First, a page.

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Pressed by Energy Demands, UK Allows Drilling for Shale Gas

Oil rig moored in Cromarty Firth. Invergordon, Scotland, UK. Photo: Berardo62 via Flickr.

Oil rig moored in Cromarty Firth, Invergordon, Scotland. Photo: Berardo62 via Flickr.

LONDON. – In September, the UK Department for Energy and Climate Change (DECC) announced that the government will remove legislative barriers to onshore oil and gas and to deep geothermal exploration. Such measures will allows companies to start drilling and testing for shale gas in the UK and to begin to exploit available resources. Stipulations on drilling include permission requests and detailed environmental reports. After a period of reticence towards onshore drilling and fracking in the UK, declining oil and gas reserves in the North Sea, as well as a mix of unreliable and expensive foreign gas suppliers, may have prompted the move toward more shale gas.

There is a lot of confusion regarding shale gas. Shale gas is natural (“regular”) gas – the same gas used to generate electricity and to heat homes, schools, and hospitals.

The difference between shale gas (also known as an “unconventional gas”) and the more commonly discussed natural gas is the type of rock in which it is contained. Shale formations refer to a type of source rock that has settled on the seafloor and contains enough organic matter to become a source of fuel (all fossil fuels come from organic matter) packed tightly hindering the flow of liquid or gas. In this packed structure, small holes (also known as pores) contain massive amounts of natural gas, but it is more difficult to extract than “conventional” gas.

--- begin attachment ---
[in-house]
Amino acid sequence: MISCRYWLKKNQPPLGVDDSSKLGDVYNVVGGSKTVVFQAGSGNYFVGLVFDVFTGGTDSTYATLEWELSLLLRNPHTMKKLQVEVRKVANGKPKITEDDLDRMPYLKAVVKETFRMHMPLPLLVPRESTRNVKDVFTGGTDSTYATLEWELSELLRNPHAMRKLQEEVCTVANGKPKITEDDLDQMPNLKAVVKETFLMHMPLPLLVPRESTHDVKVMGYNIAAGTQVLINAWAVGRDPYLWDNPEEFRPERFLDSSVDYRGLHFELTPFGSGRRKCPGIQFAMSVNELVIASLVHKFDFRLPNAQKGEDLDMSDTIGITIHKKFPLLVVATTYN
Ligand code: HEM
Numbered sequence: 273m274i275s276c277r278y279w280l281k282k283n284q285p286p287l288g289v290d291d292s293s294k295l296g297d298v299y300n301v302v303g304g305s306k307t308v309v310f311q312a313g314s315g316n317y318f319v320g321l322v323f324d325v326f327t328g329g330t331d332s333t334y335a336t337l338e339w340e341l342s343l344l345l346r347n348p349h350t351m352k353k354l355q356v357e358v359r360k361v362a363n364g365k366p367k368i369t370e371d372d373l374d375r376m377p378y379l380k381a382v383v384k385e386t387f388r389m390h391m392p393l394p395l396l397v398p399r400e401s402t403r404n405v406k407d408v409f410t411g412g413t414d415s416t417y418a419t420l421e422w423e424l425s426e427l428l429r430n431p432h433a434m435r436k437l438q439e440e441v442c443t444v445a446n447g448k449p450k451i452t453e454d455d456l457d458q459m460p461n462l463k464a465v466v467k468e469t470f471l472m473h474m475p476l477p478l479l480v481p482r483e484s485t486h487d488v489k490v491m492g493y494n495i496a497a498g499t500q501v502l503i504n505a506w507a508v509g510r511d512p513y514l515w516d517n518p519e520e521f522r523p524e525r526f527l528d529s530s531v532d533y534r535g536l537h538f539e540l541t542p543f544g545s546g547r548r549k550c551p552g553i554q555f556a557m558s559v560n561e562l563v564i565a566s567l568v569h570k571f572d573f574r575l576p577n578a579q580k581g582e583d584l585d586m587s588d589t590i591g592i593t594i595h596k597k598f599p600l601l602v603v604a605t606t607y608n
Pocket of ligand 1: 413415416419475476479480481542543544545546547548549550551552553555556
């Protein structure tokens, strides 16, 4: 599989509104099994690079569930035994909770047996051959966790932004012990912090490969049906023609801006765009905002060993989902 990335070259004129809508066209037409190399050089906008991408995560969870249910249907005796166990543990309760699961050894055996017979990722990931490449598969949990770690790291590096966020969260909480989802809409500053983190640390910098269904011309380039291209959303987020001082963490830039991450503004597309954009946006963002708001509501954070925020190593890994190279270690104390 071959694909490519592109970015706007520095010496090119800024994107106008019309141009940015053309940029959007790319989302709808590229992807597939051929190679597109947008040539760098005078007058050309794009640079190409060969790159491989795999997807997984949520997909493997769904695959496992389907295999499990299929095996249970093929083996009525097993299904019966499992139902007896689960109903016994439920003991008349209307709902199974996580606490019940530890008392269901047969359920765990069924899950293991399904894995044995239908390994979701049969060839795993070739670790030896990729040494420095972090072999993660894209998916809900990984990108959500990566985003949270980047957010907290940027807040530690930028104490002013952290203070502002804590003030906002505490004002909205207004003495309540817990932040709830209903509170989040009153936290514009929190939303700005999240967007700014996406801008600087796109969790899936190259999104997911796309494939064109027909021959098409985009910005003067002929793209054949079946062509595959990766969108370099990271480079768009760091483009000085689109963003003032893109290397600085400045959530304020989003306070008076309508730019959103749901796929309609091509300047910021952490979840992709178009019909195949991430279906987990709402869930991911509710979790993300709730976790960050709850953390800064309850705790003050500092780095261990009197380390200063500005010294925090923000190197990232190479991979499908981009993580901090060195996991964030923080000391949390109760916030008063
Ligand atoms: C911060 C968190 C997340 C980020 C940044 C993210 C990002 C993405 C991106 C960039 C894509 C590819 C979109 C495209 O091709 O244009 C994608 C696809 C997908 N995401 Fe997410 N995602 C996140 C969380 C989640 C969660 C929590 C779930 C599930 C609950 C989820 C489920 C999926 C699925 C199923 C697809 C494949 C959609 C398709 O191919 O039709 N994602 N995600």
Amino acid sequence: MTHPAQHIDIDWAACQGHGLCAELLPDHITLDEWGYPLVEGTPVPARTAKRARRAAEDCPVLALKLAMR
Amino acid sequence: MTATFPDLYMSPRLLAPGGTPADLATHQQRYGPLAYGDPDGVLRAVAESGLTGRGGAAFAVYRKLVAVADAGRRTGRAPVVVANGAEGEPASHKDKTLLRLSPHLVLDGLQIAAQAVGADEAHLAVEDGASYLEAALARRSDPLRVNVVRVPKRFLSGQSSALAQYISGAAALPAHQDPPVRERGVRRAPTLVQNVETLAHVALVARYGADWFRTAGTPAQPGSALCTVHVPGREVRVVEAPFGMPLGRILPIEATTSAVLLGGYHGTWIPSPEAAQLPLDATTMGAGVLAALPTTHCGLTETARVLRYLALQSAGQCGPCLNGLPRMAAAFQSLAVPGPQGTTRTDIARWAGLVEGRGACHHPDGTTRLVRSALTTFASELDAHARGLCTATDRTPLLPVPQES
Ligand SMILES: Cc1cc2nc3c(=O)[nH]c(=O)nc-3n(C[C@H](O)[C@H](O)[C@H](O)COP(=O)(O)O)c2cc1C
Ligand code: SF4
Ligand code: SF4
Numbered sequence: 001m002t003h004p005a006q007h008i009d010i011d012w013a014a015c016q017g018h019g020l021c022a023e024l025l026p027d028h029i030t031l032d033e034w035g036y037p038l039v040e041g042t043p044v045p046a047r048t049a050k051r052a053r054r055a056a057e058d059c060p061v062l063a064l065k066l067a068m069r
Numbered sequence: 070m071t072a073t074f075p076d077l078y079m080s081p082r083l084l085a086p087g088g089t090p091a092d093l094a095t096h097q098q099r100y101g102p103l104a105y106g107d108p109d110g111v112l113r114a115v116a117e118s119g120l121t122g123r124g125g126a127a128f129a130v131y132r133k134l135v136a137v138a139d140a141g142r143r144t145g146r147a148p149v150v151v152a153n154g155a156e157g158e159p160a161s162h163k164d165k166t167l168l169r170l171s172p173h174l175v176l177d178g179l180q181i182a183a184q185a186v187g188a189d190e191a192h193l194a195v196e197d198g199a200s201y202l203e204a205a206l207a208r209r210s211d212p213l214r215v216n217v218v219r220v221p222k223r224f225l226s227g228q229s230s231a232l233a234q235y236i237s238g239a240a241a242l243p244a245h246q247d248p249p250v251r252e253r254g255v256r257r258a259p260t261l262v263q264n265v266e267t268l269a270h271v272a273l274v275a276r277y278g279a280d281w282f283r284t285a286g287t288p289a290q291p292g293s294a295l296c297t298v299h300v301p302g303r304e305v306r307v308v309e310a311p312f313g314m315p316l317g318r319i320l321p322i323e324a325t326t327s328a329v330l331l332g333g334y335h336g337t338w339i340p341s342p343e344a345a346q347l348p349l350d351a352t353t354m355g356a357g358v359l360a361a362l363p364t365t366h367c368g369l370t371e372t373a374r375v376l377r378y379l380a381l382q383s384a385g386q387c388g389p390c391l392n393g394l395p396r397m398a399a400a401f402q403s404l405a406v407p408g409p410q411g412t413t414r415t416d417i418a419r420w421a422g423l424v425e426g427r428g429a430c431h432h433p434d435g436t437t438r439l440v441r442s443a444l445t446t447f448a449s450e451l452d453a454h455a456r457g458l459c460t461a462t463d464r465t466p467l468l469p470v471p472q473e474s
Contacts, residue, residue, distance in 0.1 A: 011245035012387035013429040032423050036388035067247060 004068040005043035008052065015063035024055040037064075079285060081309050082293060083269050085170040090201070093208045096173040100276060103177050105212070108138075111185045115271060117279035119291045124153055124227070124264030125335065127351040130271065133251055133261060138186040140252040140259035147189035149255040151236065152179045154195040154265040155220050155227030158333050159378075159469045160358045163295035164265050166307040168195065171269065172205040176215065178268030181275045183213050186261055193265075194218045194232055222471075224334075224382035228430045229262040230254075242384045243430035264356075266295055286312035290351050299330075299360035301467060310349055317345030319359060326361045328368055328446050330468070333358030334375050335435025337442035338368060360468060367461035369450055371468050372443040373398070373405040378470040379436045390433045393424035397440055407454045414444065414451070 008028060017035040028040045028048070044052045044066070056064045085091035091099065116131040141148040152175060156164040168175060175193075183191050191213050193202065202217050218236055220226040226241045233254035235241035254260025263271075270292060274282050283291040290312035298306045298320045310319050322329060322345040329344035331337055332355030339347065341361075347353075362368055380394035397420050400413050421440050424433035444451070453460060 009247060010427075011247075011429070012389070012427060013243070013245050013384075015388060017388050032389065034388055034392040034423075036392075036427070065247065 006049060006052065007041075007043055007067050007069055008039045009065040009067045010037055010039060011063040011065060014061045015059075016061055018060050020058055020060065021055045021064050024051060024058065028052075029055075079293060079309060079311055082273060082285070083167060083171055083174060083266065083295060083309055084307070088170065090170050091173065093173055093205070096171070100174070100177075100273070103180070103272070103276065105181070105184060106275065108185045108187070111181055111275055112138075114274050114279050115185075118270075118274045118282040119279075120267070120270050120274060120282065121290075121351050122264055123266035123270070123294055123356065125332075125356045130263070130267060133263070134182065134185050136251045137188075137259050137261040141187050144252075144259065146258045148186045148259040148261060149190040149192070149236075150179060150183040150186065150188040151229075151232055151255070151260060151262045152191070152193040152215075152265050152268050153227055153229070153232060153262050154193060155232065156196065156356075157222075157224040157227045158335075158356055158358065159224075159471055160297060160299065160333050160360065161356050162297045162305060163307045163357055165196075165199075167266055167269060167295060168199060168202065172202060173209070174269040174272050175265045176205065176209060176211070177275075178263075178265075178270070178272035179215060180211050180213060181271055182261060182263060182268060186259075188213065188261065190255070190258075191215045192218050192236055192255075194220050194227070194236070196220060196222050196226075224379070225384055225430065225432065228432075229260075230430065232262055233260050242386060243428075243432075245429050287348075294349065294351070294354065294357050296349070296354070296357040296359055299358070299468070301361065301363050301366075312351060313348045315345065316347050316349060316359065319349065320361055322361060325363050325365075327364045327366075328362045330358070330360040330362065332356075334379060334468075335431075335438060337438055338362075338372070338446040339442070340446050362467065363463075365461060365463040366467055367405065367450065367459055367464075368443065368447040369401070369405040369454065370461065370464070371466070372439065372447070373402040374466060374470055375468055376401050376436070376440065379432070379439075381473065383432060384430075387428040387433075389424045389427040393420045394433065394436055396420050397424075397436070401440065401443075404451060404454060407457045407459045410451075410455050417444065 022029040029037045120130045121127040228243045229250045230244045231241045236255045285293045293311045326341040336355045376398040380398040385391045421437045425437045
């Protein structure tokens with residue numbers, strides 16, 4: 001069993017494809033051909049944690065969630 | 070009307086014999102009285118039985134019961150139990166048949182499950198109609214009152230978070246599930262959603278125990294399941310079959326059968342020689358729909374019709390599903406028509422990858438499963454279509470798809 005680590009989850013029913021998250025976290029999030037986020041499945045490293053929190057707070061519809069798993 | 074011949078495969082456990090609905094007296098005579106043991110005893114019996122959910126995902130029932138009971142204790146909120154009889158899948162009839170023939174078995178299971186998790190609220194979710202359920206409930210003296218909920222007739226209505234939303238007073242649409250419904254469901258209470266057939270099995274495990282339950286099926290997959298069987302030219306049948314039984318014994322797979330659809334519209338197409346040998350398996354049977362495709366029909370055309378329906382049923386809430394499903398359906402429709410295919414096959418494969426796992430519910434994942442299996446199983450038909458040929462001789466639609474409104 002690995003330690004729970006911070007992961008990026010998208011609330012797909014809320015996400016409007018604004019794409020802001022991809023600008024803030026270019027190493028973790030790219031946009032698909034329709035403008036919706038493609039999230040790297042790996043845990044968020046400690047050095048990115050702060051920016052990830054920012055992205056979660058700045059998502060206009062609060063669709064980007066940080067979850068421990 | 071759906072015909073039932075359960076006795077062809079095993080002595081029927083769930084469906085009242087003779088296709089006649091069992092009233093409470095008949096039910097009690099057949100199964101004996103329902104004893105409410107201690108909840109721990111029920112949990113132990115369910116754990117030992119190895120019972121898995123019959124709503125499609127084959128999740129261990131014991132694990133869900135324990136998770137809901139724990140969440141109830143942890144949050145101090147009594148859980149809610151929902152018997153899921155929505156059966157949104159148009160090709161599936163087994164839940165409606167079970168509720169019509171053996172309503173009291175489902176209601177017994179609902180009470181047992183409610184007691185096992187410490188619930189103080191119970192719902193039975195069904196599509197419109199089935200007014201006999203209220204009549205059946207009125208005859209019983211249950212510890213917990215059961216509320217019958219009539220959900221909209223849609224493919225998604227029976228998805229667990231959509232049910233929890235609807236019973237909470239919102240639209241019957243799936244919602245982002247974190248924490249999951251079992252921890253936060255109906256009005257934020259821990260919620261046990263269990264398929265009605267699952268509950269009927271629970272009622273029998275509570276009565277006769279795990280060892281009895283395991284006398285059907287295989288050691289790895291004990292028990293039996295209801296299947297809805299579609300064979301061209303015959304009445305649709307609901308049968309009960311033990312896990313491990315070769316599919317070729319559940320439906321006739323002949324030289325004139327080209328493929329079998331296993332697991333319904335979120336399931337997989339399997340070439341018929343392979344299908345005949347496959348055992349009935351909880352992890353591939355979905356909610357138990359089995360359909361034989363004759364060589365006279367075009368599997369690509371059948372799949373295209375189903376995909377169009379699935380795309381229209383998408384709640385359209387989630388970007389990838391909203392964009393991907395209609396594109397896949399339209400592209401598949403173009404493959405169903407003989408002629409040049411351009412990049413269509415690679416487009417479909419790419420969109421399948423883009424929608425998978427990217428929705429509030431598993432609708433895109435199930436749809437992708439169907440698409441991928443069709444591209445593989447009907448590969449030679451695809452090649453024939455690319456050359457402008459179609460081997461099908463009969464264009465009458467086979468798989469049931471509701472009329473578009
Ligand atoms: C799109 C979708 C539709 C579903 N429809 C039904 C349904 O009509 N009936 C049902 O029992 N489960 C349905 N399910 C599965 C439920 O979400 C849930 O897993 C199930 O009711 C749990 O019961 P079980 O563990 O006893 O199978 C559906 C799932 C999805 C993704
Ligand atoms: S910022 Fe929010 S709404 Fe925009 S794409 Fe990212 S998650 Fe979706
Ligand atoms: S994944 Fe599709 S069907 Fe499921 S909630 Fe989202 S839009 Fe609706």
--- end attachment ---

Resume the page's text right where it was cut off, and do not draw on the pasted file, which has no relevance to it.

The natural gas that the UK has typically extracted from the North Sea – similar to that in Norway, Russia, and a number of other regions – is obtained by identifying underground sources, drilling, and inserting a steel pipeline or casing to keep the well open. As soon as a well is drilled, the difference in pressure causes the natural gas to flow up to ground level for processing.

However, in order to extract gas from shale formations, which lies 1,500 to 3,000 meters below ground, external stimulation through hydraulic fracturing – also known as “fracking” – and horizontal drilling are used to penetrate the shale formation. Once the well has been drilled and the usual steel pipe is in place, pressurized water fractures the rock formation. Sand is injected into the formation in order to keep fissures open, while chemicals aid extraction and limit corrosion to the steel casing.

Fracking often elicits dangerous and dirty associations. In spite of certain pre-conceived ideas, hydraulic fracturing has been a common practice in the UK and elsewhere for over half a century, and years of development have rendered the technology relatively safe and clean.

Setting aside fracking’s mixed public image, gas use in the UK is a significant issue. The country consumes 3 trillion cubic feet of gas annually, half of which is currently imported. According to the DECC, gas represents 33% of the UK’s energy consumption – the rest is comprised of coal, petroleum, and some bioenergy and waste. Most of this consumption goes toward heating, with 80% of UK’s 26 million households heating with gas.